The Oceanside Museum of Art is currently (2011) exhibiting the beautiful botanical images by Imogen Cunningham. This small museum located near Camp Pendleton Marine Base, on the coast of Southern California, is a hidden treasure that puts on some exhibits that make the drive worthwhile. I have never been disappointed in the past three years after discovering it.
I enjoyed a leisurely walk through an indoor garden of Cunningham’s floral and plant photographs like savoring a favorite dessert. Some of my personal favorites include: “Fantsia Papydifera” (1930), is sublime in its light and texture. “Calla Leaves” (late 1920’s), is a difficult image to expose, but Cunningham caught the extreme darks and lights, creating both a beautiful abstract shape when viewed from far away, as well as the texture and flowing composition when seen close up. “Sedum Cristate” (1920’s), is a gorgeous balance of composition, exposure, and texture. “Colletia Cruciata 7” (1929), is a playful image that evokes jet fighter planes all taking off at once. “Celery” (1925), is so delectable it seems as if it should taste like a mango rather than a vegetable. “Datura” (c 1930) and “Magnolia Blossom-Tower of Jewels” (1925) are simply masterpieces.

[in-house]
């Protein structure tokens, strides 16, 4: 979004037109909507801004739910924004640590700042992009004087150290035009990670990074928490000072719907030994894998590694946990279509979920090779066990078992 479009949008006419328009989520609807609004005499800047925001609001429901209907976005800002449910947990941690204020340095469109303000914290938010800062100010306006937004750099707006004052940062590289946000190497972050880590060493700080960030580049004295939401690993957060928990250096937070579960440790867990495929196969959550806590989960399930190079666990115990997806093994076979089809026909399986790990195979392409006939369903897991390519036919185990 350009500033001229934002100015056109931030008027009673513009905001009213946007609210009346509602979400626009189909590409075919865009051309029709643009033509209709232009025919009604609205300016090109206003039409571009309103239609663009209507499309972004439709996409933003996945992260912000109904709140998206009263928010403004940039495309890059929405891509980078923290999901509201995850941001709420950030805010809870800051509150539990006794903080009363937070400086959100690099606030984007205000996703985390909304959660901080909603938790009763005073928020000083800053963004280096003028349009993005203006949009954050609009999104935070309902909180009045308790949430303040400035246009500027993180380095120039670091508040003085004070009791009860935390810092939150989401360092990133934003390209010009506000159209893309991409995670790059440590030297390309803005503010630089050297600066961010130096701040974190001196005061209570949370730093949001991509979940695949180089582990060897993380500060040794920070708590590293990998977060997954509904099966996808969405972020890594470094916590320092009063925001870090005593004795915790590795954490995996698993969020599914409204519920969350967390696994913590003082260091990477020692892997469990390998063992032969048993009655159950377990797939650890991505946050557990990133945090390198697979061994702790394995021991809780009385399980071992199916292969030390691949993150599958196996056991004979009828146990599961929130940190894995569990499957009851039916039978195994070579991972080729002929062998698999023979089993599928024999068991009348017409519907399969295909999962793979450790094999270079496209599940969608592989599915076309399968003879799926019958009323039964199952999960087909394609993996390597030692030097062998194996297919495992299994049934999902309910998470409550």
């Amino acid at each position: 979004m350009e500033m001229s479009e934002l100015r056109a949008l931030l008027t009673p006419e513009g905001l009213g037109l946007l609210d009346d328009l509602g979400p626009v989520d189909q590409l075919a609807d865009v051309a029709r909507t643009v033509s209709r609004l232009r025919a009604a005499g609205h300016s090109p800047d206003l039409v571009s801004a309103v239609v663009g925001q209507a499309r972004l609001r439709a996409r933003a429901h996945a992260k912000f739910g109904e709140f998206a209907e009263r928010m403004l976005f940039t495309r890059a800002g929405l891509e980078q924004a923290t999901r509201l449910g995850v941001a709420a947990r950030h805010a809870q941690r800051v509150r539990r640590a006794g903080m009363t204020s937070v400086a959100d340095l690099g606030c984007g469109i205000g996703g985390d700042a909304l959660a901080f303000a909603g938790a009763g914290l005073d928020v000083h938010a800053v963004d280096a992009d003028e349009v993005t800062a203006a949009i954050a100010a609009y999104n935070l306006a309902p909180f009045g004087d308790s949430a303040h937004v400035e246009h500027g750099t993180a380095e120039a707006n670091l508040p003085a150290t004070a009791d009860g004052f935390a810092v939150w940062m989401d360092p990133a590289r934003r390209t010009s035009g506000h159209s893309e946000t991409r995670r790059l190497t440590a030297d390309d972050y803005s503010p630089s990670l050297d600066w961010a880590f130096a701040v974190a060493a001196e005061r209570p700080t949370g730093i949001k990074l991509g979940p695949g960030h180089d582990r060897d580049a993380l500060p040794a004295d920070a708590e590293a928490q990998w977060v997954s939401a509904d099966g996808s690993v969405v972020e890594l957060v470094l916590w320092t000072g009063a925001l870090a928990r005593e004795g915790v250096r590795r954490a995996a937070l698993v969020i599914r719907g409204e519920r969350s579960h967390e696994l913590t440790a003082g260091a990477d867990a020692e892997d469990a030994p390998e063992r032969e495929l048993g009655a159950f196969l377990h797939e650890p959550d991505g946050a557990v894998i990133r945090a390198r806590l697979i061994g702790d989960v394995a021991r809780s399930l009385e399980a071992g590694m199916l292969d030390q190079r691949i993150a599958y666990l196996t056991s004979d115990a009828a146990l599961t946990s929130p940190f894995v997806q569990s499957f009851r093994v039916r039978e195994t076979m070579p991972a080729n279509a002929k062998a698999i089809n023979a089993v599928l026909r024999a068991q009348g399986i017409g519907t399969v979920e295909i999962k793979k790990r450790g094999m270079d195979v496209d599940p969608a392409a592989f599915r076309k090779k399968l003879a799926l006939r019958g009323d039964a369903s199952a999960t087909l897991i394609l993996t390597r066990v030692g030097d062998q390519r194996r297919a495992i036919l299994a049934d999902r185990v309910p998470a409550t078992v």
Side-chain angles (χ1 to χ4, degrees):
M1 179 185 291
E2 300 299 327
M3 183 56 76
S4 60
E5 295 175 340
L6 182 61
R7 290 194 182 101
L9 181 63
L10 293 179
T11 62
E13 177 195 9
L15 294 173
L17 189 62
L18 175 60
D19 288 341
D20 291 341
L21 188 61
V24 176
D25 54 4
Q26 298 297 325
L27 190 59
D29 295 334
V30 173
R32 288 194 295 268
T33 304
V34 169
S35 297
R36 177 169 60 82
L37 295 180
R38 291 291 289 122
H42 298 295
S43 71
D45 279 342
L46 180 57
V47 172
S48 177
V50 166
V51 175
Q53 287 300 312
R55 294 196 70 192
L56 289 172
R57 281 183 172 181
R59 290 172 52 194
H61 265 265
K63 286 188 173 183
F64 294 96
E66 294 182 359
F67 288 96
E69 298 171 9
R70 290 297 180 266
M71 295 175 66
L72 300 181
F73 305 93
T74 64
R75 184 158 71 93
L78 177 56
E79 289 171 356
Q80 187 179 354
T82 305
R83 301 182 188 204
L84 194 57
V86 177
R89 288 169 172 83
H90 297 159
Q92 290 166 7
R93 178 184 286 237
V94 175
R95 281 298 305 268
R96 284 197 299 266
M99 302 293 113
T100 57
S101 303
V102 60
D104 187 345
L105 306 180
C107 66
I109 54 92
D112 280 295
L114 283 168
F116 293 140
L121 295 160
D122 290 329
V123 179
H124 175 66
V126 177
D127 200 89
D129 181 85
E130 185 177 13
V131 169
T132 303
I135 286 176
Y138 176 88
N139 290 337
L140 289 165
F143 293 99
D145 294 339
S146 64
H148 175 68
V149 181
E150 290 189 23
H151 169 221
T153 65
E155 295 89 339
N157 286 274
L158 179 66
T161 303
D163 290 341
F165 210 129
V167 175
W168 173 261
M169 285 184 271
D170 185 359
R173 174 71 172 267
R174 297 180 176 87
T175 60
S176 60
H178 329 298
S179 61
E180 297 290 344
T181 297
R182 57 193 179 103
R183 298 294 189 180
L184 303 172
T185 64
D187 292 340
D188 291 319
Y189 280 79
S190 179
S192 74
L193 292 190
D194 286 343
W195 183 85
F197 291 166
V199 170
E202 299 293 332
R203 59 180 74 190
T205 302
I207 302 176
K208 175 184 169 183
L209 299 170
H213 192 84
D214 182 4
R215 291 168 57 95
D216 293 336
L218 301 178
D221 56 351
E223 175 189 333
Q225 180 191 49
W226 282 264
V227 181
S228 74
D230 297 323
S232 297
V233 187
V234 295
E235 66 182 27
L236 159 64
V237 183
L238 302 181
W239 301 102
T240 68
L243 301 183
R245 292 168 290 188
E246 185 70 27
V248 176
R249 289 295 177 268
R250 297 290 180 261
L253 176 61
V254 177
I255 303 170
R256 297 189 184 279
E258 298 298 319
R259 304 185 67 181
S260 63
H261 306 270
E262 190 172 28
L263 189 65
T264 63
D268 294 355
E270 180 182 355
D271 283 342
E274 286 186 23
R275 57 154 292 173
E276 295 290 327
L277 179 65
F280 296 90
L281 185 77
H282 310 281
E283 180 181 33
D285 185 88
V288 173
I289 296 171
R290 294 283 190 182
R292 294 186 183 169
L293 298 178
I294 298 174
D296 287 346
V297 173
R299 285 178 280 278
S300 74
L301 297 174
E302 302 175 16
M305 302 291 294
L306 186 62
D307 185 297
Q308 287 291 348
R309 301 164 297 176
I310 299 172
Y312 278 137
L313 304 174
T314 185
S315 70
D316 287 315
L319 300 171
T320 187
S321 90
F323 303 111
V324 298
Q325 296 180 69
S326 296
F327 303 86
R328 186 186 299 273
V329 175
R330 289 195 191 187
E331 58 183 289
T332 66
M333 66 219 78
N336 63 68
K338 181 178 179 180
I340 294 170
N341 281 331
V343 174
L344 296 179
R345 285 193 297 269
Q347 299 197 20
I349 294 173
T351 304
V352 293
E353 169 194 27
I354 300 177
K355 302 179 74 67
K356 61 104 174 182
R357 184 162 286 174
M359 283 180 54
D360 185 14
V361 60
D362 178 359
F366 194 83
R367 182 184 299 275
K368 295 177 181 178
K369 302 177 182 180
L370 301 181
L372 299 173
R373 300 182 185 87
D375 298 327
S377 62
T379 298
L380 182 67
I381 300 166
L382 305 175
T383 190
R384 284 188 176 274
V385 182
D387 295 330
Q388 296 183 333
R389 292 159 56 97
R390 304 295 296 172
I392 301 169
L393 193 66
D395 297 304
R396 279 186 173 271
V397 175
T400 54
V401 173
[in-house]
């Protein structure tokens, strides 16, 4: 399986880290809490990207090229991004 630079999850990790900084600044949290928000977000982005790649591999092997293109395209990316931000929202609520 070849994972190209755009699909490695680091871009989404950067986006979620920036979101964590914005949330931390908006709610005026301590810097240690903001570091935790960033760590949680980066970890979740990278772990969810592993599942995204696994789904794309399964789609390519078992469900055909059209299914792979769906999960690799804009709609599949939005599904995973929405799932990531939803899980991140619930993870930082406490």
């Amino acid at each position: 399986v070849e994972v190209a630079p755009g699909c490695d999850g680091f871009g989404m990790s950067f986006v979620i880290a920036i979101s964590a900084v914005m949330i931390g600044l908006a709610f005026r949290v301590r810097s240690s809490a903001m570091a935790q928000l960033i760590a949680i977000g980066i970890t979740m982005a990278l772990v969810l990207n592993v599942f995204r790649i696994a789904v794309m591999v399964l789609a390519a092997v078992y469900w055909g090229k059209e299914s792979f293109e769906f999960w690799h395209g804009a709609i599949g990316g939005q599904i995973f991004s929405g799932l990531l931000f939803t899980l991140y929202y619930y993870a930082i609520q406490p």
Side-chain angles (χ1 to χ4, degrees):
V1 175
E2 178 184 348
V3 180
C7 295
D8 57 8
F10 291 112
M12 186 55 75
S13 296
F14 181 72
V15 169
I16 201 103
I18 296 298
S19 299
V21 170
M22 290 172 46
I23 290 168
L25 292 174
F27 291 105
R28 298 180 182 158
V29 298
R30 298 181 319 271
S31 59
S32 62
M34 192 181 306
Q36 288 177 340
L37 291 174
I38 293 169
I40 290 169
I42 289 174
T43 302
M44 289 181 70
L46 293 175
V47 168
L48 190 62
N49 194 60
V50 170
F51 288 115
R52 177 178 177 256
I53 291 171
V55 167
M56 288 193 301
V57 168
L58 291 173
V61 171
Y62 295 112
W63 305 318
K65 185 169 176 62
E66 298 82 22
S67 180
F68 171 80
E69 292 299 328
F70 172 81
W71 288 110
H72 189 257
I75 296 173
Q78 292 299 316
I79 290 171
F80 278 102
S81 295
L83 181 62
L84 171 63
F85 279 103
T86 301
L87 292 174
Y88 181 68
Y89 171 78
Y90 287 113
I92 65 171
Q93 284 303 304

Cunningham’s quote on the museum wall reminds us all to keep looking beyond the surface. “Seeing is perhaps the greatest part in the education of a photographer”.
The following is from the San Diego Union Tribune:
She may not have the immediate name recognition of her friend and colleague Ansel Adams, but Cunningham is a towering figure in 20th-century photography. Arthur Ollman, the former director of San Diego’s Museum of Photographic Arts and head of the visual arts department at San Diego State University considers her “no more or no less important” than Adams, while Teri Sowell, the exhibit’s curator and the director of exhibitions and collections at the Oceanside Museum of Art, describes her as an artist who had “a profound influence on American photography and the modernist aesthetic.”
Read more about Cunningham’s exhibit by clicking here.